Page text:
Kerberos AD Attacks - Kerberoasting

Recently I've been trying to make sure that my redteam knowledge is up to date, exploring many of the advancements in Active Directory Kerberos attacks... and there have been quite a few! I finally found some free time this week to roll up my sleeves and dig into the internals of some of these attacks, and hopefully document them for other people to learn. This post is the first in a series aimed at explaining what is happening under the hood when you execute your favourite Powerview or Mimikatz command to attack Active Directory via Kerberos, and hopefully giving people some other methods or…

Read more »

ExplodingCan - A vulnerability review

A few months ago, my colleagues over at Secarma released a review of ExplodingCan, one of the many exploits released as part of the ShadowBrokers dump. At the time I was asked to complete a review of the vulnerability, specifically how this affected a vulnerable server and if anything could be done to protect users. My analysis of the vulnerability can now be found over at Secarma Labs: https://www.secarma.co.uk/labs/explodingcan-a-vulnerability-review/ Enjoy :)…

Read more »

Analysis of APT28 hospitality malware (Part 2)

In the first part of this malware review, we looked at the VBA code used by APT28 to drop a DLL onto the victims' machine as part of their recently highlighted hospitality campaign. In this post, we will look at the dropped file, and understand just what it does, and how we can analyse it using IDA Pro. So we know from the first post that we have a DLL, which is run using the following command: rundll32.exe %APPDATA%\user.dat,#1 Loading the extracted DLL into IDA, the first thing that we notice is that we have an exported function of load with an ordinal of 1: We know from the rundll32.exe com…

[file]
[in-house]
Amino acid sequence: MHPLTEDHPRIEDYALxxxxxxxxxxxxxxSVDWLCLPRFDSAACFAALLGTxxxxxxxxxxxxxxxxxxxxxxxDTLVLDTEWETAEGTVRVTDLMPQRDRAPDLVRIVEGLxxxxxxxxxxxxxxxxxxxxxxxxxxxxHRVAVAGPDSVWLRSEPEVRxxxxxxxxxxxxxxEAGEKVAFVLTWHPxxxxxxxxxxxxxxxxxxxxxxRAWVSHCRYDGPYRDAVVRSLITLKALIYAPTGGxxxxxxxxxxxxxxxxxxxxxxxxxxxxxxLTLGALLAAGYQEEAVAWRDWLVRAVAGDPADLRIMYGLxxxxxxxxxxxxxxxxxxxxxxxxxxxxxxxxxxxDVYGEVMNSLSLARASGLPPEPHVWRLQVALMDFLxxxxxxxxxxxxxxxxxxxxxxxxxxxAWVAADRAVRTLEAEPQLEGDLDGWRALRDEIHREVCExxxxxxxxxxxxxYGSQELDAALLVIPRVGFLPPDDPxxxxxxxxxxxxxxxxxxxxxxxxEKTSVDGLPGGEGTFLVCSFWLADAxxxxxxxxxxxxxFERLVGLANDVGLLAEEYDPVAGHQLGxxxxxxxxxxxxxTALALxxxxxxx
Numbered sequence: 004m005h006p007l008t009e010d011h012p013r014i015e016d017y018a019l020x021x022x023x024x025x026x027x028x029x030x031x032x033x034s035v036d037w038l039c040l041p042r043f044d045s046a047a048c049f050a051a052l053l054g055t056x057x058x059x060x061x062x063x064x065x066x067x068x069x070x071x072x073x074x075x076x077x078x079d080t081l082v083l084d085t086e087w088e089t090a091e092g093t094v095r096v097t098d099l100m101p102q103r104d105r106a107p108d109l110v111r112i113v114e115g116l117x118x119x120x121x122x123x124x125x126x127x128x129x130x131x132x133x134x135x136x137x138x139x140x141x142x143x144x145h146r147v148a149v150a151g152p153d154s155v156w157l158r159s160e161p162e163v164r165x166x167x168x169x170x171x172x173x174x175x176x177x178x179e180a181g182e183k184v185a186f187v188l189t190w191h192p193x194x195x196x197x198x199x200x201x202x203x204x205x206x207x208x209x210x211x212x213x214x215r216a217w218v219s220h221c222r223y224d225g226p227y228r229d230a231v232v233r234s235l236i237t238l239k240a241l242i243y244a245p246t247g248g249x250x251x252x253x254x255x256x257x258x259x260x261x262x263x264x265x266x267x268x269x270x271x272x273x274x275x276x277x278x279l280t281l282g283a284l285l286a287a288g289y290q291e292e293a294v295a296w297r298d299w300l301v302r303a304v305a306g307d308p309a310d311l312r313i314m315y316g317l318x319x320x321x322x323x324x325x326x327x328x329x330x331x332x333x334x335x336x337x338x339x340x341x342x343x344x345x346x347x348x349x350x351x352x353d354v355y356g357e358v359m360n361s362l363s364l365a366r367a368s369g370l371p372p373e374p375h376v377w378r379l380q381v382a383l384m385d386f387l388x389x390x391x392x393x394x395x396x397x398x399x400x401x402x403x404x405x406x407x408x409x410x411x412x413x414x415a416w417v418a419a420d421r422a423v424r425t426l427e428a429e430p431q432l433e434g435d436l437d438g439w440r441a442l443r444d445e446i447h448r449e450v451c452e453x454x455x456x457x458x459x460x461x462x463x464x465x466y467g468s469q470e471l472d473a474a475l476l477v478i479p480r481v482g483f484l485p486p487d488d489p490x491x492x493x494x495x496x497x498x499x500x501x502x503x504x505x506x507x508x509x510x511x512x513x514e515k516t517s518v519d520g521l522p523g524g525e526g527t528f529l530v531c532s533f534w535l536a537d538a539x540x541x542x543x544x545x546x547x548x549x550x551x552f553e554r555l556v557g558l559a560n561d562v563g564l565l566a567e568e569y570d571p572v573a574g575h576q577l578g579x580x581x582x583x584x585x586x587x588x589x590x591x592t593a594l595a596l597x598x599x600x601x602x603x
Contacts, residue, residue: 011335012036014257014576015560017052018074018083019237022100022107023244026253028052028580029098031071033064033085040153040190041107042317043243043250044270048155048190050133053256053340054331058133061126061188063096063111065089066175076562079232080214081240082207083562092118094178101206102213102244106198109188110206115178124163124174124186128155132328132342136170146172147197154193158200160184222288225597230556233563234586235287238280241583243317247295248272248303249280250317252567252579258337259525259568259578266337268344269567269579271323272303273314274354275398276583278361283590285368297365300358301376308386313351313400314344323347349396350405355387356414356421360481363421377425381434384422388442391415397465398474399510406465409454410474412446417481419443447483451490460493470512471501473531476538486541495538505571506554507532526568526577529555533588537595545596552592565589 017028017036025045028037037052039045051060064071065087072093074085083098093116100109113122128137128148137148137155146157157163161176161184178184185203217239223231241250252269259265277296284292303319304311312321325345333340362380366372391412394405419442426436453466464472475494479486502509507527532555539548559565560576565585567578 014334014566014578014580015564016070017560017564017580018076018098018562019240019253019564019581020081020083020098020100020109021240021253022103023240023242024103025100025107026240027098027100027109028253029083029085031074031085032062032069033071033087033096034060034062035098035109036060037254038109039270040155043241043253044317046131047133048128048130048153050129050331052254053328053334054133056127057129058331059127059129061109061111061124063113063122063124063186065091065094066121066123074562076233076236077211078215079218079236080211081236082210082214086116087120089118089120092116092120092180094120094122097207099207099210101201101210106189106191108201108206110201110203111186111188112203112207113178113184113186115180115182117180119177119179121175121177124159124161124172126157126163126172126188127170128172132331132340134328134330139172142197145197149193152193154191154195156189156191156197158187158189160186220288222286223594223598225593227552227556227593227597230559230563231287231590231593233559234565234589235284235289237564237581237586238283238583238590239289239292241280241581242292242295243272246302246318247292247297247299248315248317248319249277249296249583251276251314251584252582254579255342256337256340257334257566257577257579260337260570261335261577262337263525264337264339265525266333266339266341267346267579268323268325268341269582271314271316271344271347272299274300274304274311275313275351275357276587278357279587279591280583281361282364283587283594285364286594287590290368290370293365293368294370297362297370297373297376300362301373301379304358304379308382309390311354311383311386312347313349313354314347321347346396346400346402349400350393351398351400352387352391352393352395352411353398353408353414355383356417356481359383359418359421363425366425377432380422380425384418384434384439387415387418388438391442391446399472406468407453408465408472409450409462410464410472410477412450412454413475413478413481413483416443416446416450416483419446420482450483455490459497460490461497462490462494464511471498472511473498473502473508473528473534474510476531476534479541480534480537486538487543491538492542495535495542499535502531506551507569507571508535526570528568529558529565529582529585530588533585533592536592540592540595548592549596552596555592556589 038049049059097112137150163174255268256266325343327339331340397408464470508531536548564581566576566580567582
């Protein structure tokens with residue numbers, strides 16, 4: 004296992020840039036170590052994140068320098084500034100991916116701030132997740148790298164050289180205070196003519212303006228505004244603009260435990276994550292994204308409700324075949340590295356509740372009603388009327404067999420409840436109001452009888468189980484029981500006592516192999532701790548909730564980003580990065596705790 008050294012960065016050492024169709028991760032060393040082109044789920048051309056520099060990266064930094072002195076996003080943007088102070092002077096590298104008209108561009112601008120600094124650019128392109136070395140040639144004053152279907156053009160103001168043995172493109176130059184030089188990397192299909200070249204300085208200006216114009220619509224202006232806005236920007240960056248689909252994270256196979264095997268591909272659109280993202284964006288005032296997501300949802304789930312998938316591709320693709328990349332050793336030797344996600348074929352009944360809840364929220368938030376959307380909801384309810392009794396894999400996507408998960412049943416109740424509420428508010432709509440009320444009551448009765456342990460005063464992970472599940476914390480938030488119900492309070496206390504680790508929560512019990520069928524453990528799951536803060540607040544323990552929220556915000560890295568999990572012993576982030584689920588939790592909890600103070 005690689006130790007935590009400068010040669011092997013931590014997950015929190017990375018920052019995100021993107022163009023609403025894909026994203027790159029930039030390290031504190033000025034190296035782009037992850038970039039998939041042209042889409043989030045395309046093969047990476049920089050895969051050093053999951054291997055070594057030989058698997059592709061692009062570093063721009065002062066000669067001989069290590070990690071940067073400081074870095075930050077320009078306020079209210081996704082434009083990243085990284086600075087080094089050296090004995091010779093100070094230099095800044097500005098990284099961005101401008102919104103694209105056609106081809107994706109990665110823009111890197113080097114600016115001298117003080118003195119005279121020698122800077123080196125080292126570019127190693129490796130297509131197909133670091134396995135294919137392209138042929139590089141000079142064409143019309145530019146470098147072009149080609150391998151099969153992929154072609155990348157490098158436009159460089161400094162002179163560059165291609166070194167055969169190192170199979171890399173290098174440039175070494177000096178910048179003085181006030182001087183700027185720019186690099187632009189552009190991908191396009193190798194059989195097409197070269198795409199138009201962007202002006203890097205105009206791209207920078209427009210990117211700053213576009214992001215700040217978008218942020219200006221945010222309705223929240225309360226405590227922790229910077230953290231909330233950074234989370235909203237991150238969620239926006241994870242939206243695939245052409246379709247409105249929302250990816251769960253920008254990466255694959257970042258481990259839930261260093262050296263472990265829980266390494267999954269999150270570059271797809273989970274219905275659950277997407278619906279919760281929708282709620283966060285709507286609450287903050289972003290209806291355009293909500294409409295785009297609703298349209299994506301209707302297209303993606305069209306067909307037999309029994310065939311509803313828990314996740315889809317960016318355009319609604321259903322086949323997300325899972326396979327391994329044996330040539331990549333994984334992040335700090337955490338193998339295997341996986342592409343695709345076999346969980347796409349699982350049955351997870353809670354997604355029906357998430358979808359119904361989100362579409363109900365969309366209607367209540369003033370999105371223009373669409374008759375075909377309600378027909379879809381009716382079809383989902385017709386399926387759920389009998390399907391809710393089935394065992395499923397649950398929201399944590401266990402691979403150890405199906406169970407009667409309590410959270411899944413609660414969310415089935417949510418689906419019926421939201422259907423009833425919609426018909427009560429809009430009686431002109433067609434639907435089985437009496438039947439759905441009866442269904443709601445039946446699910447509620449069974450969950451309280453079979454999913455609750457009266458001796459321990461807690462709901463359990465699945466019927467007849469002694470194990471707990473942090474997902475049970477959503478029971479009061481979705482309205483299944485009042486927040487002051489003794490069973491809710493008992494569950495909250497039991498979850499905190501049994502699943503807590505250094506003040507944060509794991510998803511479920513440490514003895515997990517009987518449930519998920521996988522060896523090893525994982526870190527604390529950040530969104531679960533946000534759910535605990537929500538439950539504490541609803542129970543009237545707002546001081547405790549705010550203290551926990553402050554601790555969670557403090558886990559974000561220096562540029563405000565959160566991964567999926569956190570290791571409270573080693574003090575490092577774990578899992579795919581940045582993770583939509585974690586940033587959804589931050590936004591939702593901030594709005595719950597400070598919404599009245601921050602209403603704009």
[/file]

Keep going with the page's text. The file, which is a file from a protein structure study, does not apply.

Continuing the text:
Read more »

Analysis of APT28 hospitality malware

This week, FireEye published a writeup of yet another APT28 campaign, this time targeting the hospitality sector: Exposing Russian hackers #APT28 and their targeting of hotels & travelers. Also first targeted use of ETERNALBLUE.https://t.co/iiHh71UQeF pic.twitter.com/SIMeDd7MTM— Nick Carr (@ItsReallyNick) August 11, 2017 I'm always interested to see the latest APT group techniques, so I decided to review the malware to see how the dropper worked (and see if there were any goodies I could add to my toolkit). The dropper was shown to be a typical Word .docm file (MD5: 9b10685b774a78…

Read more »

How GitHub login detection banner works

Sometimes I come across things non-security related that intrigue me, albeit mostly I'm thinking how I can use it to exploit a service, but still... One such piece of functionality caught my interest, a banner displayed at the top of GitHub: I was thinking of the different ways that this type of functionality could be achieved. We have seen similar methods of detection exploited in the past to leak out information, although much more targeted at cross-origin detection (such as Social Media Fingerprint which identify images only delivered to authenticated users). I fired up Chrome's network act…

Read more »